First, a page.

This is Memorial Day weekend in the US. Rain is predicted here so not sure if we will grill or not. Hopefully we’ll see the kids and grandkids…we will keep putting our basement back together…and we will remember the great sacrifices of those in our military – living and dead. Thank you for your service.Photo Credit: Military

5 Friday Faves – A Happy Place, Preventing Generosity Burnout, Whistle-blowers, Spotify, and Beautiful Documentaries

Happy Weekend…without further ado, here are my Friday Faves, before it gets too much farther into the weekend. Enjoy.

1) My Happy Place – “My happy place” has usually been a phrase that makes me cringe when I hear it. What does that really mean? Then it came to mind this week as I strolled through a local business. RVA Antiques. This huge space is a showcase for all things 20th Century, upcycled and updated for today’s customer. Artful and lovely. Having just picked up a prescription at the pharmacy next door, I had some time on my hands so popped in…just on a whim. It was a real refreshment for my soul. I like old things…the stuff of my mom’s era makes me think of her…and that makes me happy. Words also just bring smiles …those words worthy of being painted on a canvas or splashed on a piece of wood. Just strolled around the different vendors’ booths. Even met one of the owners, Dean Lewis, who made me feel welcome. Now that my understanding of such “a happy place” has been enlarged, what’s one of your “happy places”?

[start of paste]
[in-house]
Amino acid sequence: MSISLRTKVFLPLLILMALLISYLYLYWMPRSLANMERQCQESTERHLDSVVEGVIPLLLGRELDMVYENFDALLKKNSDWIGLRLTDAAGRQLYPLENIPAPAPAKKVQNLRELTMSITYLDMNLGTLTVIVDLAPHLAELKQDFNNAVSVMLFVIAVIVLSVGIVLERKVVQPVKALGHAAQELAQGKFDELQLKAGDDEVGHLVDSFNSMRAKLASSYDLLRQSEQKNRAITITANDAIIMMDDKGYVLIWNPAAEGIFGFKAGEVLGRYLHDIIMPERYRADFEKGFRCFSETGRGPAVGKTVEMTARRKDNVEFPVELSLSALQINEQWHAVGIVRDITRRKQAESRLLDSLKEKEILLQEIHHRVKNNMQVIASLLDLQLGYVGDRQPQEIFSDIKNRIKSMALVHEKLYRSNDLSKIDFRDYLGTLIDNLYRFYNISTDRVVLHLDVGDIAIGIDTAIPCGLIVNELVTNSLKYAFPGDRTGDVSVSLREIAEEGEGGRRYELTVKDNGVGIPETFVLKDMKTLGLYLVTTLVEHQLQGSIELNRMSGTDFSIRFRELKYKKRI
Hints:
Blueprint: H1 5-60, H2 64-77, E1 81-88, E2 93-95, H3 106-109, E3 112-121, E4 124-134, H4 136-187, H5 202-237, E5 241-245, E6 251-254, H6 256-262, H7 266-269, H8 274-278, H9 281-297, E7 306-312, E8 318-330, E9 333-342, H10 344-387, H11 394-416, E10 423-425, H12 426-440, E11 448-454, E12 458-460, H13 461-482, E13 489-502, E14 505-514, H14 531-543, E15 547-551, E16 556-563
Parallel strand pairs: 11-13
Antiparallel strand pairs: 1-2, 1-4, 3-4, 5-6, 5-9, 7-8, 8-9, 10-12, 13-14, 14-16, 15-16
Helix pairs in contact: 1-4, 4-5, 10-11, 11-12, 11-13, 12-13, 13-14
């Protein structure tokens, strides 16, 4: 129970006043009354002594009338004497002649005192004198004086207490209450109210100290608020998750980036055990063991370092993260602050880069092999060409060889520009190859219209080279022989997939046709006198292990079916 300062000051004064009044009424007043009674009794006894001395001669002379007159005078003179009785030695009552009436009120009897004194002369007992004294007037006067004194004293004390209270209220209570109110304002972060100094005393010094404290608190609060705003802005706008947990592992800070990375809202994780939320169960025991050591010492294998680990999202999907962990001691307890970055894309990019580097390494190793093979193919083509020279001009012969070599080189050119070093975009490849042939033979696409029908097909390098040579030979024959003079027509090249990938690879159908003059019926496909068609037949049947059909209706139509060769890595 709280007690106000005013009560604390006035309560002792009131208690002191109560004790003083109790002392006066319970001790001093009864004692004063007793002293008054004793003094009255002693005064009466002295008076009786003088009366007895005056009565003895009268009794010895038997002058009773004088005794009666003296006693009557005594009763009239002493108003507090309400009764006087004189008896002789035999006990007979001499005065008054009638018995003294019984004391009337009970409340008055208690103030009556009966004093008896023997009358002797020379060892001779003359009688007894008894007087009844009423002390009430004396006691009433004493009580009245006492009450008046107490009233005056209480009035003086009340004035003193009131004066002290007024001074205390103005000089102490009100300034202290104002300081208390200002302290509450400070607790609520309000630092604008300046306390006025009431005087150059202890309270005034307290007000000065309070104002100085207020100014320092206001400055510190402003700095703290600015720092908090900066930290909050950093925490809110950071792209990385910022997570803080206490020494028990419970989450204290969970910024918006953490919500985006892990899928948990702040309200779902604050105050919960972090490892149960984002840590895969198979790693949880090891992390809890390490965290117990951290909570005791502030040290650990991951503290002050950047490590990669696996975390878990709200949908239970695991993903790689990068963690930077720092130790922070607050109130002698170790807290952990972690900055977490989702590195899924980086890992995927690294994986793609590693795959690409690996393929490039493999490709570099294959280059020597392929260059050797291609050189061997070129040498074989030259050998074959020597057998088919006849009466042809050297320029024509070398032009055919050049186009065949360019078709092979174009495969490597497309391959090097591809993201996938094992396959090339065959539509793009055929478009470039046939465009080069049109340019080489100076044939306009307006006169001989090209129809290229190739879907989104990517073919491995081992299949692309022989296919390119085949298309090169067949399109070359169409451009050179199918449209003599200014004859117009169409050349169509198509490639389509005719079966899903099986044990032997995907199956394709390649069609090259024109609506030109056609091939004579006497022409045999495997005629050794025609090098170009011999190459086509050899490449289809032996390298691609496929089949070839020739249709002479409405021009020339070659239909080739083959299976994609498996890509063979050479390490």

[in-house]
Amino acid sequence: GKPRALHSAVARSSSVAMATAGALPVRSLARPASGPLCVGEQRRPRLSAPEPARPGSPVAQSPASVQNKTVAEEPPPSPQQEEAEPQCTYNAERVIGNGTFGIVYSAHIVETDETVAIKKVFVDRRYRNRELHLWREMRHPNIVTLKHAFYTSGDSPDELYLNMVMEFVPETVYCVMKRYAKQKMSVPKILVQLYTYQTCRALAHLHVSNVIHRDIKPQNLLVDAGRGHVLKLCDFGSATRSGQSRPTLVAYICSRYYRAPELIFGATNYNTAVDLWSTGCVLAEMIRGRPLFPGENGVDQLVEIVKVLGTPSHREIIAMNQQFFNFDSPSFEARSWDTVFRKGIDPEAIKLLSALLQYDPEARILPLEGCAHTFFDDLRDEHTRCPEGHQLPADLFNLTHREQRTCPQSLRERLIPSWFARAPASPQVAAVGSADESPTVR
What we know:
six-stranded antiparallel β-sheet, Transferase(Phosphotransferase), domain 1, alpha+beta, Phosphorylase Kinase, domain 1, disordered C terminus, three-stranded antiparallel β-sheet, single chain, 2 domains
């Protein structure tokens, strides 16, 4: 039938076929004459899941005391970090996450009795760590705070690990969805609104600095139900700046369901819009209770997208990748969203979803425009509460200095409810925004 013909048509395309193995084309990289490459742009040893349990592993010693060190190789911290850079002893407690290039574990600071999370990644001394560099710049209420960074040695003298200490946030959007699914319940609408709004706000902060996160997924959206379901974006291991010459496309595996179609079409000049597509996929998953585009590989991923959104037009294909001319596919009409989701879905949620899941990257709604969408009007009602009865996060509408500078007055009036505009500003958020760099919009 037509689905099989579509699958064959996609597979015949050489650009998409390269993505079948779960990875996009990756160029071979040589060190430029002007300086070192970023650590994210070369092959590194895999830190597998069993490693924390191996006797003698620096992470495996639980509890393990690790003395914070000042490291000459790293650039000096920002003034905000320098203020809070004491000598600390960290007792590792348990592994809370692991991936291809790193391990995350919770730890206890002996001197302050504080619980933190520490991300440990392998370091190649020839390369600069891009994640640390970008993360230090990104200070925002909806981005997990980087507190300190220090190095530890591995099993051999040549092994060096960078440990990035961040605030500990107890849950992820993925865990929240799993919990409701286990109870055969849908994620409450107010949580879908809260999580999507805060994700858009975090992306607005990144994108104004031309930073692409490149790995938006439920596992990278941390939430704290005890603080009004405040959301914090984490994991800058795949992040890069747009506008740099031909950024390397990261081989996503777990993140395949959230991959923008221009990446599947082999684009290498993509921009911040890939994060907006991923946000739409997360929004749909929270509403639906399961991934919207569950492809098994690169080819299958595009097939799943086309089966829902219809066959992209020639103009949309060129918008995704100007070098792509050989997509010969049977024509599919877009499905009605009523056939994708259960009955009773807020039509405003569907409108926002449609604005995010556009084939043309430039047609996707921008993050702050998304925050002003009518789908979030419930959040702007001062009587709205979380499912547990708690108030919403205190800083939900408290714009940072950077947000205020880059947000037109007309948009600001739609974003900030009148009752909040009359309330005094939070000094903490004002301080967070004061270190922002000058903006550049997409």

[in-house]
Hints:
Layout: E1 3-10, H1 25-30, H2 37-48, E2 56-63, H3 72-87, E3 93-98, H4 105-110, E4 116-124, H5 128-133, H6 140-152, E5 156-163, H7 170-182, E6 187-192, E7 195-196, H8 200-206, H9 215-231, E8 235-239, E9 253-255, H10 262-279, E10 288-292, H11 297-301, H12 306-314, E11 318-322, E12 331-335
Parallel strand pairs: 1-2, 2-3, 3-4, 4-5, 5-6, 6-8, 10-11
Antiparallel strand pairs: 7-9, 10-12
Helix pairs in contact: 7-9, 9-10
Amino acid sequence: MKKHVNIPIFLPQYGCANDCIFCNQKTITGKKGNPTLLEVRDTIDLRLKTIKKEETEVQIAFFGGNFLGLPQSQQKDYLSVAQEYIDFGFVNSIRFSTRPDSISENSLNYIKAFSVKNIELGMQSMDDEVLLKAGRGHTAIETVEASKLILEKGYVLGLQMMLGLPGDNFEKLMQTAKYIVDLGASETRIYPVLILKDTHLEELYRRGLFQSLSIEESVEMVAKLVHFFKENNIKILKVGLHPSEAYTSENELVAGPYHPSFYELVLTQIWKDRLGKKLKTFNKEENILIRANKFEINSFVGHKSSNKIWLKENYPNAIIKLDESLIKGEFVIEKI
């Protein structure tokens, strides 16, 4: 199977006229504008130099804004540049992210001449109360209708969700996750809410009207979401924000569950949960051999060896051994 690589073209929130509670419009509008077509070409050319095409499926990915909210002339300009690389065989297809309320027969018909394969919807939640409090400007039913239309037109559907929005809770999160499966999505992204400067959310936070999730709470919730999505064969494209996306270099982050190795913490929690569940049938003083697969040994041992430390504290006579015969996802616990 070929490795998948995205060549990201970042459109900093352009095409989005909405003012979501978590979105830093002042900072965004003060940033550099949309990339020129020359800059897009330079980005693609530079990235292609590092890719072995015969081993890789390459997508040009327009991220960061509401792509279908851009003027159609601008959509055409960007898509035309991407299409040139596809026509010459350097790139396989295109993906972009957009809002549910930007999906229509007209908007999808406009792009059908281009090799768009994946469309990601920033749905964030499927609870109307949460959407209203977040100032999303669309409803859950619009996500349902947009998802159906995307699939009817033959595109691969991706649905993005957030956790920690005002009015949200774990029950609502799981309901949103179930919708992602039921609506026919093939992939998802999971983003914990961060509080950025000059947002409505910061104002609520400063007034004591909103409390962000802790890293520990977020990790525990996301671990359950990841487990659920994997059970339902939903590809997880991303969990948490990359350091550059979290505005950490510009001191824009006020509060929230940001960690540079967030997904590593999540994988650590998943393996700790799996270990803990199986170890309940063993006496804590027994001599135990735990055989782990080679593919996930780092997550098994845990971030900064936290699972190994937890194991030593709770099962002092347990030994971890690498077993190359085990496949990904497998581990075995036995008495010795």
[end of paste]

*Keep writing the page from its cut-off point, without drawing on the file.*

2) Preventing Generosity Burnout An article by Adam Grant and Reb Rebele got me thinking this week about generosity burnout. Beat Generosity Burnout confronts the crucial fine line between effectively helping others and giving so selflessly we lose our joy and capacity. We burn out. If we base our helping on “the need”, we won’t build in safeguards, boundaries if you will, to determine how best to meet that need. Serving our communities is definitely something we need to always consider, but we serve best by applying sustainable, capacity-building planning and practice.

Photo Credit: Adam Grant, Reb Rebele, Craig Ellis – LinkedIn

Think of the ways you serve your various communities across a typical week or month. Are you all-in or holding back out of fear of too great a commitment or fear of burnout? Or what else? We definitely want to rise above the latter but what might “all-in” look like to be sustainable? For you personally and for the sake of the community you serve?

I would love this sort of dialogue with you.  Either in Comments below or via email.